John Henry O'Hara was born on January 31, 1905 in Pottsville, Pennsylvania, United States. His father passed away when he was a young boy and O'Hara could not afford a university education. He went to work as a reporter for various newspapers until he moved to New York City where he began to write short stories for magazines. He received much critical acclaim for his short stories, more than 200 of which appeared in The New Yorker. He interviewed F Scott Fitzgerald and took the last known photos of Fitzgerald and his daughter.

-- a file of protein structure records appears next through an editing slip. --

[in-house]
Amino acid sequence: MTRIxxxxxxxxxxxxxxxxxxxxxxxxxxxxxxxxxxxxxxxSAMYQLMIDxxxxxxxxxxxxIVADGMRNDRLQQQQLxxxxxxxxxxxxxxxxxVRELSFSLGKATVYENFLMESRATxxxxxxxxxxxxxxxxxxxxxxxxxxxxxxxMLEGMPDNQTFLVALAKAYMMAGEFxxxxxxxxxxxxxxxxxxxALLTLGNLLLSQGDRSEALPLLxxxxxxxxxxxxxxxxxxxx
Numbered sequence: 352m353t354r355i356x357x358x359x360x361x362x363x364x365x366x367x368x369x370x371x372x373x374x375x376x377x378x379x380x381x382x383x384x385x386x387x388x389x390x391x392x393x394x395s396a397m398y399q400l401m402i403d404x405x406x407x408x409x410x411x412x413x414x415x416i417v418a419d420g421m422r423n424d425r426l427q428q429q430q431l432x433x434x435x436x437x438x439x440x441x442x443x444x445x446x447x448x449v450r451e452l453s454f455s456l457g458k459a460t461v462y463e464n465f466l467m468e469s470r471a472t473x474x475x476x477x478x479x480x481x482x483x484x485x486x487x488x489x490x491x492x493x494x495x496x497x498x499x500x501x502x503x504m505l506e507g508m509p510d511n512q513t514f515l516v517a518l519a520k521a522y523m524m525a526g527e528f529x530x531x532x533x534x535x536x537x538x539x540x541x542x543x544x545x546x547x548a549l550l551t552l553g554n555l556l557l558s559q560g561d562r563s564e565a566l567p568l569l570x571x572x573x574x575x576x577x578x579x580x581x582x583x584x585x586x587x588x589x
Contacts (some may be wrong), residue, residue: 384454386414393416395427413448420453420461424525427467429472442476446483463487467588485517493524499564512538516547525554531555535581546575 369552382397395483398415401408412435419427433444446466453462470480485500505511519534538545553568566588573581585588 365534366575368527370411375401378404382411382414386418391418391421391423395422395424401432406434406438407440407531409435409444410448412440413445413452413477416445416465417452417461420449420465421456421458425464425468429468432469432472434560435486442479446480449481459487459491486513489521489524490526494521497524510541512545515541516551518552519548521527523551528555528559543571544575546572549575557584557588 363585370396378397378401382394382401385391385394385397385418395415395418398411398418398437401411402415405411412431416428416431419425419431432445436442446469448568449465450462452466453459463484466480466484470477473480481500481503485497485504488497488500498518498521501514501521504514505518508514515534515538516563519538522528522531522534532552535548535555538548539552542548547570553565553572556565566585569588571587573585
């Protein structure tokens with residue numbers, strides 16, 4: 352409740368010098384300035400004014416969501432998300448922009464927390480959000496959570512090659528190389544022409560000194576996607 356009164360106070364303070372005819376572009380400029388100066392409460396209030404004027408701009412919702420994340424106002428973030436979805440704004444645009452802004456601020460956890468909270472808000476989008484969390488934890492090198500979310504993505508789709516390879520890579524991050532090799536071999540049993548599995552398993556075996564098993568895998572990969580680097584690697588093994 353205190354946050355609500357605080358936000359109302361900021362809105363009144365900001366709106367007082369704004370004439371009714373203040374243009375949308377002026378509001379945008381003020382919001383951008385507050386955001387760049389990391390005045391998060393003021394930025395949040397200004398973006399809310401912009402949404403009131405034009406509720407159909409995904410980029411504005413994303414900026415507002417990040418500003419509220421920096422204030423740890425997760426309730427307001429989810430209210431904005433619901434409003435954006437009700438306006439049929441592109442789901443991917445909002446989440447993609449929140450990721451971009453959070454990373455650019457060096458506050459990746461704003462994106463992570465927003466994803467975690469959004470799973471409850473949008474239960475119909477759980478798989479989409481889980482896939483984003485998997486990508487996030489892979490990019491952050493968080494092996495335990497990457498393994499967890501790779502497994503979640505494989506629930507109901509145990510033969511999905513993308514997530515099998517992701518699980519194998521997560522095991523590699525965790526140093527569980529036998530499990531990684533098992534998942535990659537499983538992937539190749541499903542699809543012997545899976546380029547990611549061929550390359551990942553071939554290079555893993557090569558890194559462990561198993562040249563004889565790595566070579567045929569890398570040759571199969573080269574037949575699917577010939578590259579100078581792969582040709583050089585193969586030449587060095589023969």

In 1934, John O'Hara had his first novel published. Titled, Appointment in Samarra, in 2001, this book would be named as one of the 100 best English-language novels of the 20th century by the editorial board of the American Modern Library.
This successful work was followed by several more successful works. During World War II, John O'Hara became a correspondent in the Pacific. After the war, he wrote screenplays and more novels including Ten North Fredrick for which he won the 1955 National Book Award.